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Town council looking to alleviate industrial drainage problems

Posted on September 24, 2014 by Taber Times

By Trevor Busch
Taber Times

Town council is pushing hard for some immediate solutions to ongoing drainage issues which have been negatively impacting various business operations in the industrial area.

At their Sept. 8 meeting, council directed administration to engage with the Taber Irrigation District (TID) and Volker Stevin to come back to council with specific immediate solutions for problem areas in the industrial area, complete with timelines for completion.

Discussion on the matter was initiated by Coun. Joe Strojwas, who referenced an “observational report” which had identified flooding and drainage issues in the industrial area almost a decade ago, in 2006.

“Back in the spring we had some issues with water flows again. This problem seems to be getting more regular, not less regular,” said Coun. Strojwas. “These aren’t one in 100 floods anymore, these aren’t even one in five. These are happening a couple of times a year. This report that was done back in 2006 by Venture Holdings, I think it outlines a lot of the problems that still exist — undersizing of culverts, ditches not being kept clean — I would like to see a maintenance program put together for all of the ditches all the way around town, wherever there is irrigation ditches, that they are looked after and maintained properly, the culverts sized properly to get this water out of town, because there is a bottleneck getting under Highway 36.”

Coun. Strojwas advocated for an emergency expenditure of funds to begin immediately rectifying drainage problems in the industrial area.

“I’d like this document that we have right now here today put out for a tendering process to correct some of these problems. Obviously we’ll have to involve Mr. Scherer (public works director) and the TID, but I believe we need to do this now. We need to find money in our budget to get this work done this fall, before we have someone that gets flooded out. We just have to put our foot down and say enough is enough — we need to do this, and we need to do it now. We need to include it as emergency funding in our budget for this fall, to go ahead.”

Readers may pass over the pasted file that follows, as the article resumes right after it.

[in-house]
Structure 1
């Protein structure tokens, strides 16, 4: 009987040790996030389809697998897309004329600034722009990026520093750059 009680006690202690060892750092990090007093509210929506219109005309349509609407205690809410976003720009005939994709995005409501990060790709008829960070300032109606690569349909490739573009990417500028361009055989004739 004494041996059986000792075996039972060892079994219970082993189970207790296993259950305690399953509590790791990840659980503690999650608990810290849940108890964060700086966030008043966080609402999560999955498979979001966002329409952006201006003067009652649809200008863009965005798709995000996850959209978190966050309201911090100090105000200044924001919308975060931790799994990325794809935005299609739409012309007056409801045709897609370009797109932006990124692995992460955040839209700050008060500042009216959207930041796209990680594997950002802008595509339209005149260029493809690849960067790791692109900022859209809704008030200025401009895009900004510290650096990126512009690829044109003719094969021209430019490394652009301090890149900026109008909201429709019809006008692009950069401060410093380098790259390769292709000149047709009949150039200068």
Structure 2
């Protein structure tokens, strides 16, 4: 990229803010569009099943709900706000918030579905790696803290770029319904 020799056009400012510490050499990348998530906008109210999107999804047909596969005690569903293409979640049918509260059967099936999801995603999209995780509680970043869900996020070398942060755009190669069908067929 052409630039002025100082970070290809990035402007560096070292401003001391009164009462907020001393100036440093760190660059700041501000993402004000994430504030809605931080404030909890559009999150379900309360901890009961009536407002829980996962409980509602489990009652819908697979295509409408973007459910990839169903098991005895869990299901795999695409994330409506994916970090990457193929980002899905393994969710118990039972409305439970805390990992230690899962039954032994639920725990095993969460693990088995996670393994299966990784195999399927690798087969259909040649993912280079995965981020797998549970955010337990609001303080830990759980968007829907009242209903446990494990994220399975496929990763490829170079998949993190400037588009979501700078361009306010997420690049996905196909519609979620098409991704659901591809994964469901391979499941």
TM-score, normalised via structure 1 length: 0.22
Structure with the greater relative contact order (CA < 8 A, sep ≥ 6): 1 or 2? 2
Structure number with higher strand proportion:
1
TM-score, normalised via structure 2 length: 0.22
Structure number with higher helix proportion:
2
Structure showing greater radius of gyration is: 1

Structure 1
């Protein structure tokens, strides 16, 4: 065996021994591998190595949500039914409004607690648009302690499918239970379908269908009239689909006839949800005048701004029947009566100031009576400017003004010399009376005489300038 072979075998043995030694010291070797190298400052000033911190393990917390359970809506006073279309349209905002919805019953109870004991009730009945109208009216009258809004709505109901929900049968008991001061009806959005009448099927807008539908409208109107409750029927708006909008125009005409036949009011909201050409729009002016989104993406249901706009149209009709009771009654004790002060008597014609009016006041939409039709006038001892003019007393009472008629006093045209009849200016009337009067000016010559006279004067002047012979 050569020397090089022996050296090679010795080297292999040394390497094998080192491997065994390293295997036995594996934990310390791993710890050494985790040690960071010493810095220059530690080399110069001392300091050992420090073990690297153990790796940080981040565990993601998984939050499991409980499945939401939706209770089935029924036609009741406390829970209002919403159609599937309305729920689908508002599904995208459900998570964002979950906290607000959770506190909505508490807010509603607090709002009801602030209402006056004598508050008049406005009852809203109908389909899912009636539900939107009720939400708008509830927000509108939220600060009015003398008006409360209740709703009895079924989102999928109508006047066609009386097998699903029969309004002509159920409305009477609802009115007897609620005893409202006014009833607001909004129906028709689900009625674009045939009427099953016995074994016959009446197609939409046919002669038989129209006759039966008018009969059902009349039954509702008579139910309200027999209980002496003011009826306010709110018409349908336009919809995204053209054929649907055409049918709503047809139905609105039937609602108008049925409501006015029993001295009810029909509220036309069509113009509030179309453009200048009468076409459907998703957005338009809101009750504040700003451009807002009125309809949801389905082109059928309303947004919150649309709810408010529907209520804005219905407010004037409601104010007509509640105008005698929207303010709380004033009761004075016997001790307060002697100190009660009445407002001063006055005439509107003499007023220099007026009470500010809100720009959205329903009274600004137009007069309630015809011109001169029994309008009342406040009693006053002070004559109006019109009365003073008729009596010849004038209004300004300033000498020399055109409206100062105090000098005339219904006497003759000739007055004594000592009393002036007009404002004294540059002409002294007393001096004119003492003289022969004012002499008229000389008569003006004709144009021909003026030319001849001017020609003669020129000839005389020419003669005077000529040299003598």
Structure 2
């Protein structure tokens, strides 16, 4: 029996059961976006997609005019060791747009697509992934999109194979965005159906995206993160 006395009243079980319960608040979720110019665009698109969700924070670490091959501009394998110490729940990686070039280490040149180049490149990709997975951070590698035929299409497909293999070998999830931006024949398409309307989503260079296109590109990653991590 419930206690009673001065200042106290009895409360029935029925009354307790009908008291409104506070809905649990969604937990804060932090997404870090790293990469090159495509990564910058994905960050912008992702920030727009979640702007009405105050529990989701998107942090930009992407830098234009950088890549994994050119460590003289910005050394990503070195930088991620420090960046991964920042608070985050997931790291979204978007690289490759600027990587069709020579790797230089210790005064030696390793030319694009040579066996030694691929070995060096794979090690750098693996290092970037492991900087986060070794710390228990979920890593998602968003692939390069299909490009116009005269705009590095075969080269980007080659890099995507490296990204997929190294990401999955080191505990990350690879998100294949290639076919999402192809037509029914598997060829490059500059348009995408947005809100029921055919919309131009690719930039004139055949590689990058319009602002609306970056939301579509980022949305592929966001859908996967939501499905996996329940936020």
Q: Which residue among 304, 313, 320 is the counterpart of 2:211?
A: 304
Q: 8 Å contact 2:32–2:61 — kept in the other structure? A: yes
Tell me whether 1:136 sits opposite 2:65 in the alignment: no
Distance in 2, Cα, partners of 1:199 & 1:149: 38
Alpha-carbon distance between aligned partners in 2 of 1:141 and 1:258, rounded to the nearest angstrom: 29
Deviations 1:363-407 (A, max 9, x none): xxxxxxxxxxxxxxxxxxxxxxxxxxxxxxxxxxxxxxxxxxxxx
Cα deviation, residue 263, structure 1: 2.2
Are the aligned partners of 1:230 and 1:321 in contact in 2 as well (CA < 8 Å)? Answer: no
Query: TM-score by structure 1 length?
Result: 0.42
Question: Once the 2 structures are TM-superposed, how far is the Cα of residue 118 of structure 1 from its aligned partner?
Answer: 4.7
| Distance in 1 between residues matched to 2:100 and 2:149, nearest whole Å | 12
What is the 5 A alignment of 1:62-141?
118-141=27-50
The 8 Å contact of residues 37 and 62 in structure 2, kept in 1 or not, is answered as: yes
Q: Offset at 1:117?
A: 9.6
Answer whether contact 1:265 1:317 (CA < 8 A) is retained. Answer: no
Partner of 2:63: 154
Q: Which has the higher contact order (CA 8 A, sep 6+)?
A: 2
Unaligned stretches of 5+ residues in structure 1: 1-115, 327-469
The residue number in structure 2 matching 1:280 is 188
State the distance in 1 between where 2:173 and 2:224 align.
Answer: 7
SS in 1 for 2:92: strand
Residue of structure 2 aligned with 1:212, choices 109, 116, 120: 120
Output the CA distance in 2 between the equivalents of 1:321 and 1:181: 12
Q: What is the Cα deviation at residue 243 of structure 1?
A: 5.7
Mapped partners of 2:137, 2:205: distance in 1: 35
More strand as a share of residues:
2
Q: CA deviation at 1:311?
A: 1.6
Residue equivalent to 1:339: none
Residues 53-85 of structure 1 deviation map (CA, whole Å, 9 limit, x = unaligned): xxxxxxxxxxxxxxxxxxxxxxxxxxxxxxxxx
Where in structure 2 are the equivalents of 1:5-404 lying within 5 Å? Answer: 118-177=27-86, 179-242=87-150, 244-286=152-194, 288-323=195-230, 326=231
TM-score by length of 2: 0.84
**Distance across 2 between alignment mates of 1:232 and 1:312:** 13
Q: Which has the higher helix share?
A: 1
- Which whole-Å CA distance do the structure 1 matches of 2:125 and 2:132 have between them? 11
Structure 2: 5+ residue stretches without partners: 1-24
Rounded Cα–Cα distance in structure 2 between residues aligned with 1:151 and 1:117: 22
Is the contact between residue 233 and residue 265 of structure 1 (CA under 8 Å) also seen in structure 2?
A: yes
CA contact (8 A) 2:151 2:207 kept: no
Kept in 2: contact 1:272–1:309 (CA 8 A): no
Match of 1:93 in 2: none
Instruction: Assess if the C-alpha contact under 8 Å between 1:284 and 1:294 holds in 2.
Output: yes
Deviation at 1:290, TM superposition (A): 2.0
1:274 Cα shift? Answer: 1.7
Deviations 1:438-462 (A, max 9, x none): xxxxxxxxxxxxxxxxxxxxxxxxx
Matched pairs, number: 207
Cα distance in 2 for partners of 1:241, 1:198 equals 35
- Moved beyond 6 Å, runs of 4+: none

Agreeing that expeditious movement on the issue was necessary, Coun. Randy Sparks expressed the opinion that further analysis of the situation was not necessary, at least in the short term.

“This has been an ongoing issue for many years, and really the Band-Aid that the Town of Taber has put on this has amounted to nothing. A lot of the culverts are not on the proper grade, there’s a six to eight inch difference between the bed of the ditch and the inlet of the culvert — there’s all kinds of issues that are causing bottlenecks and issues with people just about getting flooded out on too regular a basis. I think this is vital. We don’t need a study to know that there’s an issue, and to know where that issue is. The town staff has the capabilities to deal with this, to rectify it, and to get some water moving. I think that this should be a priority, I think we need to look at this, and get the ball rolling and get this rectified.”